Todd Shoebotham, Owner and President of Apex BASE, Helps Jumpers Get the Details Right
Note: This article discusses pilot chutes in a BASE environment and should not be used in relation to skydiving.
Ah, the pilot chute.
Our beloved little workhorse, it’s the first thing we take out and the last thing we put in. It gets dragged around. It gets abused. For all the obsessive fawning we do over our canopies, our pilot chutes get surprisingly little love.
If you’re looking to change that--and learn a little more about the sizes and styles of pilot chutes that you should invite on your BASE jumping adventures--then you’ve come to the right place. We pinned down the inimitable Todd Shoebotham and picked his brain about it in order to share his infinite wisdom with our beloved public. We’re pretty sure you’re going to learn a few things, so lean in and listen!
1. Keep your fingers out of harm’s way.
Does your pilot chute have a tube handle? According to Todd, the data suggests that fingers have an uncanny tendency to make their way into that little tunnel at pull time, which can make for some seriously awkward Chinese-finger-trap deployments. “A few people have reported reaching back and going up to the knuckle into the PVC,” Todd says. “Or getting their fingers underneath the handle. When you’re reaching back, that’s certainly not what you want.”
This problem can be solved in multiple ways. If you do have a PVC-style handle with a potential finger trap, Todd recommends taping over the ends in order to eliminate this possibility. Apex pilot chutes forego the tube for handles that wrap rubberized, textured fabric around a solid foam cylinder.
“Compared to the old-style PVC handle, this is much lighter, too,” Todd explains, “And that lightness helps the pilot chute get orientated properly.”
2. Travel with a well-curated collection.
Since pilot chutes are available in everything from little 32-inch versions to behemoth 52-inchers, it can be challenging to determine what you really need to carry in your gear bag as a traveling jumper. Todd suggests that carrying a quiver of three to four will reliably cover your bases.
“On the smaller end, we typically set people up with 36-inch pilot chutes,” he explains, “But we still stock the 32s. The 32-inch PC is probably the least-popular one in our range, because we believe they only belong on the lightest parachutes.”
“We used to see 36s on wingsuit-specific rigs,” Todd adds, “But we’ve been seeing a lot of people with wingsuits favor bigger PCs because of their lower airspeed at deployment.”
From there, Todd suggests having a 42--”the workhorse in the middle”--which covers your standard Potato Bridge jumping, and a 46- or 48-incher, depending on the size of your canopy, for objects more along the lines of a low cliff or structure.
If you have a little more room in your luggage and you’re looking to jump a lot of subterminal objects, Todd suggests a 38-inch pilot chute. “Most people aren’t going to be using a 36 or a 38 handheld,” he says. “If you’re in that 5-to-6 second range, it’s a nice pilot chute to have, the 38. It is a slightly different pilot chute. It is not as strong of a pull, but you still have plenty of room there. I might not use it on all 400-foot objects, but definitely on some of them, and it is a little nicer flying with a slightly smaller pilot chute.”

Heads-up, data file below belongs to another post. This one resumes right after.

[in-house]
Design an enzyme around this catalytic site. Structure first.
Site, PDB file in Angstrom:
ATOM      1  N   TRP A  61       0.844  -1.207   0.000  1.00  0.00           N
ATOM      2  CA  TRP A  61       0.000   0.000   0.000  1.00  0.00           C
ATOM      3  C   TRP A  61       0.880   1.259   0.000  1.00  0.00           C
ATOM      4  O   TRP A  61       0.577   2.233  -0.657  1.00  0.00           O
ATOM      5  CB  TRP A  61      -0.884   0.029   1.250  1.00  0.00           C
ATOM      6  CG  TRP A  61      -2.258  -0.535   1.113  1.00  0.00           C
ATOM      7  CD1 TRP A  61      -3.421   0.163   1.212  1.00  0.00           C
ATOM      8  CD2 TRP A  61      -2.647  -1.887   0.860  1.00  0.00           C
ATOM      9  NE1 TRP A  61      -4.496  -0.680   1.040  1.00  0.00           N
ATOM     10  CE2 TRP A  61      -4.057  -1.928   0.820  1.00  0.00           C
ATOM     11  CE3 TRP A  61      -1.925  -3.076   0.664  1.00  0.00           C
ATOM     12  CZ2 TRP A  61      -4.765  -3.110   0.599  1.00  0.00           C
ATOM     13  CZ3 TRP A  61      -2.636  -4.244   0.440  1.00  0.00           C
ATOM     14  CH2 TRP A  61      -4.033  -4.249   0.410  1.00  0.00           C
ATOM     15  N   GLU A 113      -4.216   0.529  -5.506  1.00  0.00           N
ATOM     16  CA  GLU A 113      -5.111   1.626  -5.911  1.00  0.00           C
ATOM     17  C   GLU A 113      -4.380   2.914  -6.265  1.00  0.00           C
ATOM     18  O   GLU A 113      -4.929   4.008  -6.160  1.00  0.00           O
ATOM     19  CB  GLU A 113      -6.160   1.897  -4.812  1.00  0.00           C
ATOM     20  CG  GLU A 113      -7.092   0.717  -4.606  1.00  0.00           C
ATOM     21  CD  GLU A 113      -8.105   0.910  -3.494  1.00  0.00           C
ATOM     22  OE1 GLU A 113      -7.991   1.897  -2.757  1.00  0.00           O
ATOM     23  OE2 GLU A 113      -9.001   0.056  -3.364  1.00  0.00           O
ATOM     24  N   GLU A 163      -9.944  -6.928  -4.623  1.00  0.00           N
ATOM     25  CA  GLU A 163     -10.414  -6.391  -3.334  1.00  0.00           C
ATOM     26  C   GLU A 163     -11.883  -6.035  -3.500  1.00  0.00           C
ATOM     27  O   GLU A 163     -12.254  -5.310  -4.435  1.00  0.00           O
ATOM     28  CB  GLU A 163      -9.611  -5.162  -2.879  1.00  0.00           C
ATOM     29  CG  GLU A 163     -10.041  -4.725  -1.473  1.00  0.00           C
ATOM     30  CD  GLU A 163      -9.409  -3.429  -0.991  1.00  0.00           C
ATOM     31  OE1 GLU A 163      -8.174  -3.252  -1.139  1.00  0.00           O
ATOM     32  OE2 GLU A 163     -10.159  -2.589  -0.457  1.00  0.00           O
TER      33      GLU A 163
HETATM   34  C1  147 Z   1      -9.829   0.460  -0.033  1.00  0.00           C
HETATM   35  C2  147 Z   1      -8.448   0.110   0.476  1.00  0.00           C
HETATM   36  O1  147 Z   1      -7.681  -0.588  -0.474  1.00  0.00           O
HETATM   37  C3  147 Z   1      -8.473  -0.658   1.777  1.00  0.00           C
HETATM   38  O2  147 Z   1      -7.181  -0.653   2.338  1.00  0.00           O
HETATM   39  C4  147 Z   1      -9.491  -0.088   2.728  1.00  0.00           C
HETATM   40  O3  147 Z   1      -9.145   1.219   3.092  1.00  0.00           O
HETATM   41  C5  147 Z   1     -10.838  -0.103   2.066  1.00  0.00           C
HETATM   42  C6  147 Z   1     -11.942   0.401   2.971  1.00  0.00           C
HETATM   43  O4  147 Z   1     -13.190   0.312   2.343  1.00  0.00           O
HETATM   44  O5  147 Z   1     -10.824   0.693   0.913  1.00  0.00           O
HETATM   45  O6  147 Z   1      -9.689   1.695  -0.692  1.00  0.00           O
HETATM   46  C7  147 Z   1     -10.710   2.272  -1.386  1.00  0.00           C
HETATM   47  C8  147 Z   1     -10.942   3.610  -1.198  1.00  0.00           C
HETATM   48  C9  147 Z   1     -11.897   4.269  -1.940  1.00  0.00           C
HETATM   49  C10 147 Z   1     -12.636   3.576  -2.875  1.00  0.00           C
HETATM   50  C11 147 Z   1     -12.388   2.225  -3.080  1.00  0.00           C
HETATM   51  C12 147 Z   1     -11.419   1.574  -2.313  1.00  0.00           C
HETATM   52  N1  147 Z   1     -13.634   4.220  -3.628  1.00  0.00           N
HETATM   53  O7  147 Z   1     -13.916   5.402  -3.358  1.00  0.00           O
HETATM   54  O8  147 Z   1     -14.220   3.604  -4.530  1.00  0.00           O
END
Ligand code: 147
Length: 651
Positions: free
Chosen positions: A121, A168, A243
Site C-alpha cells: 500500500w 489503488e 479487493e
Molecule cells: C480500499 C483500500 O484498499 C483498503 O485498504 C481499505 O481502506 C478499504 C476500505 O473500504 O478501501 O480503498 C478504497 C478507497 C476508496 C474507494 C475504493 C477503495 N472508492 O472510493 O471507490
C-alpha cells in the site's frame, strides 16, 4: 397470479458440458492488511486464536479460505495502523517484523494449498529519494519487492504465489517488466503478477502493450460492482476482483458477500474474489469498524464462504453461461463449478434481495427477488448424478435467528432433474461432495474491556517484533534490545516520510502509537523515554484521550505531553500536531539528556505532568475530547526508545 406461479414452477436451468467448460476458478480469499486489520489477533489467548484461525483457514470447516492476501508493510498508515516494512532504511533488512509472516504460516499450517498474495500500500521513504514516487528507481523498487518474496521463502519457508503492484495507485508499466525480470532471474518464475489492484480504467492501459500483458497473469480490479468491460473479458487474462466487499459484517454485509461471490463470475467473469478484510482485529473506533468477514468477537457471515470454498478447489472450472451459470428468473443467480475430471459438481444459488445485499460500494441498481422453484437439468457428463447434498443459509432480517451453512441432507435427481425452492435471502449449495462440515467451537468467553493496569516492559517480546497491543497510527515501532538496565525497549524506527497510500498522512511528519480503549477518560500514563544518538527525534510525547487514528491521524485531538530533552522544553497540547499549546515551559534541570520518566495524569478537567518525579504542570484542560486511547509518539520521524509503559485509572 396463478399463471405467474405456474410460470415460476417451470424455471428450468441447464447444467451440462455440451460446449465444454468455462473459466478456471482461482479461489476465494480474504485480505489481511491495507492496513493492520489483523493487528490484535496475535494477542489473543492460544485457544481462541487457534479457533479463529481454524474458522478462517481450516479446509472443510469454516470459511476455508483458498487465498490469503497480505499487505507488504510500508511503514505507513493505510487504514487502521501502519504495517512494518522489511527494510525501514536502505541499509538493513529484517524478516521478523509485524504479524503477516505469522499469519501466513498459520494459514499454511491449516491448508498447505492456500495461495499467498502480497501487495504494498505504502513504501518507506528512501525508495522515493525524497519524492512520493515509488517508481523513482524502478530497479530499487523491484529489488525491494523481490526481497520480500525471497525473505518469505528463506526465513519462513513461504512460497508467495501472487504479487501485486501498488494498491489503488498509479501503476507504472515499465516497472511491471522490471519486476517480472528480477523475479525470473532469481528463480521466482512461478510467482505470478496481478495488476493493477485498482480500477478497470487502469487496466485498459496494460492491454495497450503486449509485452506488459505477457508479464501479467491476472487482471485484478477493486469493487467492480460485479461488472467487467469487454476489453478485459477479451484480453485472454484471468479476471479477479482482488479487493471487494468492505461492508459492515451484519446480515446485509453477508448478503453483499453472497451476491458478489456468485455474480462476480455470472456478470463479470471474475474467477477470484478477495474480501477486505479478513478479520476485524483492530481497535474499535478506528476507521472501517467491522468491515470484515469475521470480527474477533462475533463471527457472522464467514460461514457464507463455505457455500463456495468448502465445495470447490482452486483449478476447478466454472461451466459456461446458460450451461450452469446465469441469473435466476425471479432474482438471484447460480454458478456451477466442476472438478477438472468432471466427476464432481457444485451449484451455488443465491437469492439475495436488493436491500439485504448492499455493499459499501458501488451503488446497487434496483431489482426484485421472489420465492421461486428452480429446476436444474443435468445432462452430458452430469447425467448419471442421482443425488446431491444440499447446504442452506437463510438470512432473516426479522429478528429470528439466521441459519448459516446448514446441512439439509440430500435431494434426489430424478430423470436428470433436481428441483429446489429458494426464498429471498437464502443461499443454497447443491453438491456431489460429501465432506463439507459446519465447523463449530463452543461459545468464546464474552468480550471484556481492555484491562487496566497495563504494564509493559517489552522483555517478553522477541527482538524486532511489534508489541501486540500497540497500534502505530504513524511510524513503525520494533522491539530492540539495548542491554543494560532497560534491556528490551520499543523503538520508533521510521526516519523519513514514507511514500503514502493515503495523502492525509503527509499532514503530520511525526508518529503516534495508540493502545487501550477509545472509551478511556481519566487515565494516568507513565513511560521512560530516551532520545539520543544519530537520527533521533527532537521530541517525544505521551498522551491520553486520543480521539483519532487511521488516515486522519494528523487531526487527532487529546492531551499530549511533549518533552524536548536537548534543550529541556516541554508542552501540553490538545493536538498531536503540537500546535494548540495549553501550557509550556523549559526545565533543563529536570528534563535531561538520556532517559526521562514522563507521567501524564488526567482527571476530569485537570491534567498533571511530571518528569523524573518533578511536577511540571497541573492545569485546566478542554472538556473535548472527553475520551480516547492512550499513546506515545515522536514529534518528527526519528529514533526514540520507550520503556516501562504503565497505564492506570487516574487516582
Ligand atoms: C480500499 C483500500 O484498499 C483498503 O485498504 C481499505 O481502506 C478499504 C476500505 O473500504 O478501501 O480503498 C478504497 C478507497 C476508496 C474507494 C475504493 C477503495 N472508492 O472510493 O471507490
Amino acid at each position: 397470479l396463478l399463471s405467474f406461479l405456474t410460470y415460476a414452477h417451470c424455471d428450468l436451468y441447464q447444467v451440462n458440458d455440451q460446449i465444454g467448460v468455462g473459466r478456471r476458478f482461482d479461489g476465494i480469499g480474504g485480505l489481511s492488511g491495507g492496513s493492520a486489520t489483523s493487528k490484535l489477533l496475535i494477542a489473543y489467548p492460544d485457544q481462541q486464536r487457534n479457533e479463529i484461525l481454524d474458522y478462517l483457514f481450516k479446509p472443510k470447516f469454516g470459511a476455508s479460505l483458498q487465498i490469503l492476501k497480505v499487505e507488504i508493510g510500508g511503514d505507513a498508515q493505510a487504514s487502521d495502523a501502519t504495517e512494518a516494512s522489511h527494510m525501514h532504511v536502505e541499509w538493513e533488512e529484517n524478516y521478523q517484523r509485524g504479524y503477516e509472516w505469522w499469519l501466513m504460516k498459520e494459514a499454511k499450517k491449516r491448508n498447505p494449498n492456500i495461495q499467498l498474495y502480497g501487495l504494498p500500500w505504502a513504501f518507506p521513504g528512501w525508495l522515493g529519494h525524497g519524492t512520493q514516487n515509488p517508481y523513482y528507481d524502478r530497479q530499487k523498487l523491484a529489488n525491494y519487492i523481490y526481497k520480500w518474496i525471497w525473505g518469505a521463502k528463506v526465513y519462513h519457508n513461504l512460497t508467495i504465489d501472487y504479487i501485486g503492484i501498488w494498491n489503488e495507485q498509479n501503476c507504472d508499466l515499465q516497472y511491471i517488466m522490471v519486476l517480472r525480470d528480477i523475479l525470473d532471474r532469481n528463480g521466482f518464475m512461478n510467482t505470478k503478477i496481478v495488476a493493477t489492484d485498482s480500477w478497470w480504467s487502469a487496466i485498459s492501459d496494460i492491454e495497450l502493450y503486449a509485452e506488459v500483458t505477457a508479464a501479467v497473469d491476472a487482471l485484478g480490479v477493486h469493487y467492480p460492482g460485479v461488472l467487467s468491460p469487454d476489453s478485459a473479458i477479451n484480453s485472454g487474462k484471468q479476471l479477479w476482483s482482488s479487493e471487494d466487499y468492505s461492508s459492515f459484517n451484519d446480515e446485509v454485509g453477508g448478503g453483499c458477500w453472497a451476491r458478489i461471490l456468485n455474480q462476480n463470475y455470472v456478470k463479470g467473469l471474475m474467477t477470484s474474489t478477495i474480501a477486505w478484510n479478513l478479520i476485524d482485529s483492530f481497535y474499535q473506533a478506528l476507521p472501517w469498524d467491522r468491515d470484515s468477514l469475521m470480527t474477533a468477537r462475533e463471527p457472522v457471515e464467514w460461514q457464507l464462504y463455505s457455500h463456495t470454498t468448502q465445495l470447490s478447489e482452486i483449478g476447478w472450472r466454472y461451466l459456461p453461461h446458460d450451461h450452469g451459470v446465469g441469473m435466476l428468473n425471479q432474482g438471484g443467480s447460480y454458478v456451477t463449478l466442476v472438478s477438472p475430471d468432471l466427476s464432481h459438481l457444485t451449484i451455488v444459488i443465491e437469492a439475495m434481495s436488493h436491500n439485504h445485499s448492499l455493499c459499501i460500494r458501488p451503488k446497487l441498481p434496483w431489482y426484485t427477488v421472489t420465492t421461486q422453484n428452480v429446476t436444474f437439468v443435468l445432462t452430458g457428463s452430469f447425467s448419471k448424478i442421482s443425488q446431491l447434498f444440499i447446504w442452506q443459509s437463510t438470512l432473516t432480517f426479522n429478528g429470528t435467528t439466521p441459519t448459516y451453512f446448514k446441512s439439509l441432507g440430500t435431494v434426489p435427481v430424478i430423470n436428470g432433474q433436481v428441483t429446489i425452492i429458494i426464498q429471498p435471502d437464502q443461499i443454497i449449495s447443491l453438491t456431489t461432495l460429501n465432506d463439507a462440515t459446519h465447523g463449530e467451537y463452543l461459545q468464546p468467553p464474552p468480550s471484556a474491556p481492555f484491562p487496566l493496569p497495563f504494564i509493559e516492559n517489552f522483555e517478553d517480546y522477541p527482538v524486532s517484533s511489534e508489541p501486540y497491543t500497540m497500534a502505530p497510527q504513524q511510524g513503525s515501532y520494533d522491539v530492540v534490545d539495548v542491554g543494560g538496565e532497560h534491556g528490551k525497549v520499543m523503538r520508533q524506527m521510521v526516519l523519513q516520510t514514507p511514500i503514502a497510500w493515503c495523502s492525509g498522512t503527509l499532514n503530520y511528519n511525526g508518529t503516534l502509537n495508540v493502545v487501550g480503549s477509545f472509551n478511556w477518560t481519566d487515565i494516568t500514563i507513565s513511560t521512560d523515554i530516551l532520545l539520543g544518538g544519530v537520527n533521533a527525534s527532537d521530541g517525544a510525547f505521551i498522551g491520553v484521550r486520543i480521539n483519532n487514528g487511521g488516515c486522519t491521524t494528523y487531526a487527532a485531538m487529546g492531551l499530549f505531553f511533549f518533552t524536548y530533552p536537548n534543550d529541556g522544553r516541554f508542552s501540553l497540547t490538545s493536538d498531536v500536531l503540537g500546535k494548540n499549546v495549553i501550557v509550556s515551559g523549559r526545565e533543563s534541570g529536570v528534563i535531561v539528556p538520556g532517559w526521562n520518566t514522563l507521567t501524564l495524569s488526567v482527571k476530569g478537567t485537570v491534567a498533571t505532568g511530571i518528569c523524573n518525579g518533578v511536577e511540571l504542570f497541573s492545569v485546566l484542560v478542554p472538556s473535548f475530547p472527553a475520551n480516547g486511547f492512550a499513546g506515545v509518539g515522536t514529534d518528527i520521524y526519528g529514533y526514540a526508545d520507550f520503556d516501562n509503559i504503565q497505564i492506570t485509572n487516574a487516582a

3. Make adjustments to compensate for your choices.
According to Todd, there are mistakes to be made here in both directions. On one hand, unnecessarily oversizing is an easy mistake to make. While it’s not necessarily dangerous, it can negatively affect your jump if you don’t keep your delay relative to your PC choice (and create unnecessary distortion to the canopy during extraction, to boot).
“If you don’t have the appropriate pilot chute for your jump and you don’t adjust your delay accordingly,” Todd says, “You might not like the results. If you were going to extremes in exposing a big pilot chute to a lot of airspeed, you would be stressing out parts of the canopy and your body. For instance: if you should really be using a 42 but you have a 46, you’d better go a little short on this one and enjoy the view from under canopy a little longer rather than taking your normal delay for that jump. I know you don’t want to, but that’s the pilot chute you’ve got.”
“Also keep in mind,” he continues, “That we have seen peculiar behavior when some large pilot chutes are jumped slider-up. You can get some pretty weird interaction if you do that; the slider just seems more reluctant to come down. Personally, I think it has to do with the distortion that the canopy went through during line stretch; at any rate, we do not recommend it.”
Take object familiarity into consideration.
Since larger pilot chutes generally provide snappier openings, Todd asserts that object familiarity is a major factor to consider when choosing a pilot chute.
“If it is your local object and you’ve really got things dialed in, I can see downsizing,” Todd says. “But if you’re a visiting jumper, you’re going to probably need to treat it a little differently. For example: If all the locals are using a 46, I’ll probably be using a 48 to stack the cards in my favor. If I make enough jumps there to become comfortable with the surroundings, I can see transitioning down to the 46.”
“At the end of the day,” he insists, “You have to remember: In BASE jumping, really small changes in performance do matter. Make sure you’re prepared.”